It’s a brouhaha that won’t go away: Did Pfizer CEO Albert Bourla, Ph.D., negotiate a vaccine contract with the European Commission (EC) by way of text messages?
While it may be tempting for the company to respond W/E, LOL or MYOB, Pfizer is still trying to explain its way out of the mess the old-fashioned way.
Monday, during a European Parliament hearing in Germany, a Pfizer executive who participated in the contract negotiations emphatically denied the charge.
“As to whether a contract negotiation such as this contract which you referred to, 1.8 billion doses, was negotiated through an SMS, I can categorically tell you that would not be the case,” Janine Small, Pfizer’s president of international developed markets, told a special committee investigating how the deal went down.
Small, who said she had been involved in all vaccine negotiations between Pfizer and the EU since 2020, added that talks typically are too detailed and involve too many parties to be executed through text messages.
Small was sitting in for Bourla, who was originally scheduled to testify but backed out in late September.
The investigation was launched after an audit showed that EC President Ursula von der Leyen was directly involved in preliminary negotiations for a contract the bloc eventually signed in May of 2021.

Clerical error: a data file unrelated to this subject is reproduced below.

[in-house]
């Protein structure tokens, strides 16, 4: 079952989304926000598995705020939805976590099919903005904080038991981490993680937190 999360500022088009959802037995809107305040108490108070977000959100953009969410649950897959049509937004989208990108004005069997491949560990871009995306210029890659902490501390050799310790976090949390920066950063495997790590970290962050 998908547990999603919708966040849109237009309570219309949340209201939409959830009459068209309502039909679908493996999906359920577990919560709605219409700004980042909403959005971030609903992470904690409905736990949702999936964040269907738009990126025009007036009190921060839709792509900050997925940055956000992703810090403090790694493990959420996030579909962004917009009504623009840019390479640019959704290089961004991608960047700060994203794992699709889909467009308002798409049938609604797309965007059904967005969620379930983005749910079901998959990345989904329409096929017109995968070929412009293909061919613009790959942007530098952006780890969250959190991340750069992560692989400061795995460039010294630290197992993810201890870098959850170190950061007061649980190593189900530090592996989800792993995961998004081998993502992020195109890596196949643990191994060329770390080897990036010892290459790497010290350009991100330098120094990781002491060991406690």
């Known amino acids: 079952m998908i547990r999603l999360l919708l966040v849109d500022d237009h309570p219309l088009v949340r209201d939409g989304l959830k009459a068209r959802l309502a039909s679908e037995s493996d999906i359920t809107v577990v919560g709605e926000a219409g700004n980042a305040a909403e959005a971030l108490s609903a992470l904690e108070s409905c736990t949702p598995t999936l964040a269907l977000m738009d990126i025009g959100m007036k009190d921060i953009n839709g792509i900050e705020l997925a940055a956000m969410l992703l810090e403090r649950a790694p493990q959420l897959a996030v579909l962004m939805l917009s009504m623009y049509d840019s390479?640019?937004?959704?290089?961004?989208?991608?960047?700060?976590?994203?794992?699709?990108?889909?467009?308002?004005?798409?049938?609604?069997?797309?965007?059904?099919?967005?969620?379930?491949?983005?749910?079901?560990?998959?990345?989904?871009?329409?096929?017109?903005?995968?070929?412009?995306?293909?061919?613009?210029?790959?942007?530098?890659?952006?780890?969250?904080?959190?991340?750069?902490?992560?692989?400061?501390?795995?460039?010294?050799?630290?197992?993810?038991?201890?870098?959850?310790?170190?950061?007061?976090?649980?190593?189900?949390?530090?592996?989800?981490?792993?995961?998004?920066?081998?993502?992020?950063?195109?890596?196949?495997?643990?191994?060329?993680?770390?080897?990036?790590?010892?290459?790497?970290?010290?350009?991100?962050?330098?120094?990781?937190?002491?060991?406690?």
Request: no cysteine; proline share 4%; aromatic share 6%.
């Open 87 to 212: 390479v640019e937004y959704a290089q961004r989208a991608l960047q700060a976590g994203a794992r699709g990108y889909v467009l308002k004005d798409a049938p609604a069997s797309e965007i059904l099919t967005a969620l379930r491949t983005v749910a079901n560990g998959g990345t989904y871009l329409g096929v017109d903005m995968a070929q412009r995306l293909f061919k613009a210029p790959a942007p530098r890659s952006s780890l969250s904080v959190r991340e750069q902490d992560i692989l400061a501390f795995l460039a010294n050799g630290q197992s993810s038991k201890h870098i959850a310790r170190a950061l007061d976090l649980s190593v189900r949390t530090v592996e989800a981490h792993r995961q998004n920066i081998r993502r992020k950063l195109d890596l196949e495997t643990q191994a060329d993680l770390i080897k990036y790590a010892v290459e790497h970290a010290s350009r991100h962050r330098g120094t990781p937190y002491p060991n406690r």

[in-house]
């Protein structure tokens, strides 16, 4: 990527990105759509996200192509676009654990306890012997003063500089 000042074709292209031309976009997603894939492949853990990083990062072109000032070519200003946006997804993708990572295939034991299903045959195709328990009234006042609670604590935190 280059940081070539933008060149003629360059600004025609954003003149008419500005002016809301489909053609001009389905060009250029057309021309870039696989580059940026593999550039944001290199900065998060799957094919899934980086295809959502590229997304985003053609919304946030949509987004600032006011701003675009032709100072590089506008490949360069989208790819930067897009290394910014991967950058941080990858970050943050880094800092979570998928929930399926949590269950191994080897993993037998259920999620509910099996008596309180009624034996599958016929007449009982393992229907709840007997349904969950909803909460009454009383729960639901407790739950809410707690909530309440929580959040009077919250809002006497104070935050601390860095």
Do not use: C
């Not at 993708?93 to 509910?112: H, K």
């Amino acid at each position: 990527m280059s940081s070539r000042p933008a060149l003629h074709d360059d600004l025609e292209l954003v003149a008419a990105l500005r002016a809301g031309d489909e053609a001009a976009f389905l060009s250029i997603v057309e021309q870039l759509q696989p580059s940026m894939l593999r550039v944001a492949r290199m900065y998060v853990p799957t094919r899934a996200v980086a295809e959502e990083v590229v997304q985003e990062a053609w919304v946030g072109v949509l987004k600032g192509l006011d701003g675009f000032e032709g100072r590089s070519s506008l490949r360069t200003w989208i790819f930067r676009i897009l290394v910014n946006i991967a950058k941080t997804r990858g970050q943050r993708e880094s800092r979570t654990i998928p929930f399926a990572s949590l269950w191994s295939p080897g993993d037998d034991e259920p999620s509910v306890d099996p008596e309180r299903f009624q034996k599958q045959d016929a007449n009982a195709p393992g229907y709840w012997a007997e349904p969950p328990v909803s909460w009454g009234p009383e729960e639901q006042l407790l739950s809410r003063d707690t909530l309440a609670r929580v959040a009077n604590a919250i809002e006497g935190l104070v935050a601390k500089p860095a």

In previous vaccine deals—including two others with Pfizer—a joint negotiating team that included representatives of the commission and member states conducted the exploratory talks.
The deal was for up to 1.8 million doses of the Pfizer-BioNTech COVID-19 vaccine to be supplied through 2022 and 2023 and was the largest executed by Europe since the start of the pandemic.
In April of 2021, in an interview with The New York Times, von der Leyen admitted that she had exchanged texts with Bourla for a month while the negotiations were underway. The alleged talks came as von der Leyen was under intense pressure in Europe, as vaccinations had lagged those in the U.S. and the U.K. after the EU’s then-biggest supplier, AstraZeneca, unveiled production problems.
In September of last year, Europe’s ombudsman Emily O’Reilly opened a probe after the EC refused to grant public access to the texts.